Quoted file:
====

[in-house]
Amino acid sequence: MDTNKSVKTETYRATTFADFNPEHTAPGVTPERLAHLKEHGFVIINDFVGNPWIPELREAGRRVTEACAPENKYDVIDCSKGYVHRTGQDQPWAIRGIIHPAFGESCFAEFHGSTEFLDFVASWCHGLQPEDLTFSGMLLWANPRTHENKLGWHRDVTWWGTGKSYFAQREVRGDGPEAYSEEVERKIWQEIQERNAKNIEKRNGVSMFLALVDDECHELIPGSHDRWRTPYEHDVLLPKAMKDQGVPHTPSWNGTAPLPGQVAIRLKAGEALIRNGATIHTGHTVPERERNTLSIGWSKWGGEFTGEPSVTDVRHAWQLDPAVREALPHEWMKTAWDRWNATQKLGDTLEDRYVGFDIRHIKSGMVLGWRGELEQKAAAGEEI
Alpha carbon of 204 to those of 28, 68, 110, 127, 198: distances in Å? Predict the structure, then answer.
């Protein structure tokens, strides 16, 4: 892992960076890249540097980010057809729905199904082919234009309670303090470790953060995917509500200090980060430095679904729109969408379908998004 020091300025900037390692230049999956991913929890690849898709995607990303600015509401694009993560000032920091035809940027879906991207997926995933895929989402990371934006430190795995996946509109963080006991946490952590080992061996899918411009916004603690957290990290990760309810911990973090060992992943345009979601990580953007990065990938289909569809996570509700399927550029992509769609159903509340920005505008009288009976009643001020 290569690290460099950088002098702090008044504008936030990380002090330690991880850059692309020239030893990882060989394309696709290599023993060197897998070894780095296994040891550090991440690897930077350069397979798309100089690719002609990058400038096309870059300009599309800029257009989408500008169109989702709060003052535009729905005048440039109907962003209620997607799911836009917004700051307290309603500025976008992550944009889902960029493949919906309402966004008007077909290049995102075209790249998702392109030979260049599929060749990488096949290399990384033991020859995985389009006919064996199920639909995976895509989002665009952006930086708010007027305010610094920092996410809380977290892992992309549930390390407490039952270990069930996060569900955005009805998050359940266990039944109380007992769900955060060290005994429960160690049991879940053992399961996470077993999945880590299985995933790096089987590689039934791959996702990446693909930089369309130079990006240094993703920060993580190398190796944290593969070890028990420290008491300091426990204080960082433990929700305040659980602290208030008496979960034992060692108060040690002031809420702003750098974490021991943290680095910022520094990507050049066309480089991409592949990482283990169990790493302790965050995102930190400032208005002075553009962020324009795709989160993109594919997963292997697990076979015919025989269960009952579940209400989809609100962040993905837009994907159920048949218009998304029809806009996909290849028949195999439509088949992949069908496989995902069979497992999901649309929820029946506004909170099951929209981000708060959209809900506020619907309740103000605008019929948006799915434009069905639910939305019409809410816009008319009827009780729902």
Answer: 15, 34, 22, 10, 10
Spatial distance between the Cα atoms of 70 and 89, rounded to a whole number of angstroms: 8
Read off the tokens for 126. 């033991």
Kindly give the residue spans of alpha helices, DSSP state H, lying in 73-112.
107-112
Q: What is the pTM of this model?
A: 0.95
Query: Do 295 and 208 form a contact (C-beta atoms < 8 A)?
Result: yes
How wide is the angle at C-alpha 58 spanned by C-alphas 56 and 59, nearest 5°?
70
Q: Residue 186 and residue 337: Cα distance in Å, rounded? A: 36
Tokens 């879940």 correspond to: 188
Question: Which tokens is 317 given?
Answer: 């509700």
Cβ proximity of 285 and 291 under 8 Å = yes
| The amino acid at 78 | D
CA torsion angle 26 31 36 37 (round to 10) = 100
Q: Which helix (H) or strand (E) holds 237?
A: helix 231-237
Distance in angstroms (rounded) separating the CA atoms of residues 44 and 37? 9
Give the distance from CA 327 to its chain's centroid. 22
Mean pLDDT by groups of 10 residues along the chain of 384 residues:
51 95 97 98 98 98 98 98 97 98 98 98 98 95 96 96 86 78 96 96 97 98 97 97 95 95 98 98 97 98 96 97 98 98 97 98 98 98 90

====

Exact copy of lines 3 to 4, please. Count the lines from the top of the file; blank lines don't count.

Alpha carbon of 204 to those of 28, 68, 110, 127, 198: distances in Å? Predict the structure, then answer.
């Protein structure tokens, strides 16, 4: 892992960076890249540097980010057809729905199904082919234009309670303090470790953060995917509500200090980060430095679904729109969408379908998004 020091300025900037390692230049999956991913929890690849898709995607990303600015509401694009993560000032920091035809940027879906991207997926995933895929989402990371934006430190795995996946509109963080006991946490952590080992061996899918411009916004603690957290990290990760309810911990973090060992992943345009979601990580953007990065990938289909569809996570509700399927550029992509769609159903509340920005505008009288009976009643001020 290569690290460099950088002098702090008044504008936030990380002090330690991880850059692309020239030893990882060989394309696709290599023993060197897998070894780095296994040891550090991440690897930077350069397979798309100089690719002609990058400038096309870059300009599309800029257009989408500008169109989702709060003052535009729905005048440039109907962003209620997607799911836009917004700051307290309603500025976008992550944009889902960029493949919906309402966004008007077909290049995102075209790249998702392109030979260049599929060749990488096949290399990384033991020859995985389009006919064996199920639909995976895509989002665009952006930086708010007027305010610094920092996410809380977290892992992309549930390390407490039952270990069930996060569900955005009805998050359940266990039944109380007992769900955060060290005994429960160690049991879940053992399961996470077993999945880590299985995933790096089987590689039934791959996702990446693909930089369309130079990006240094993703920060993580190398190796944290593969070890028990420290008491300091426990204080960082433990929700305040659980602290208030008496979960034992060692108060040690002031809420702003750098974490021991943290680095910022520094990507050049066309480089991409592949990482283990169990790493302790965050995102930190400032208005002075553009962020324009795709989160993109594919997963292997697990076979015919025989269960009952579940209400989809609100962040993905837009994907159920048949218009998304029809806009996909290849028949195999439509088949992949069908496989995902069979497992999901649309929820029946506004909170099951929209981000708060959209809900506020619907309740103000605008019929948006799915434009069905639910939305019409809410816009008319009827009780729902």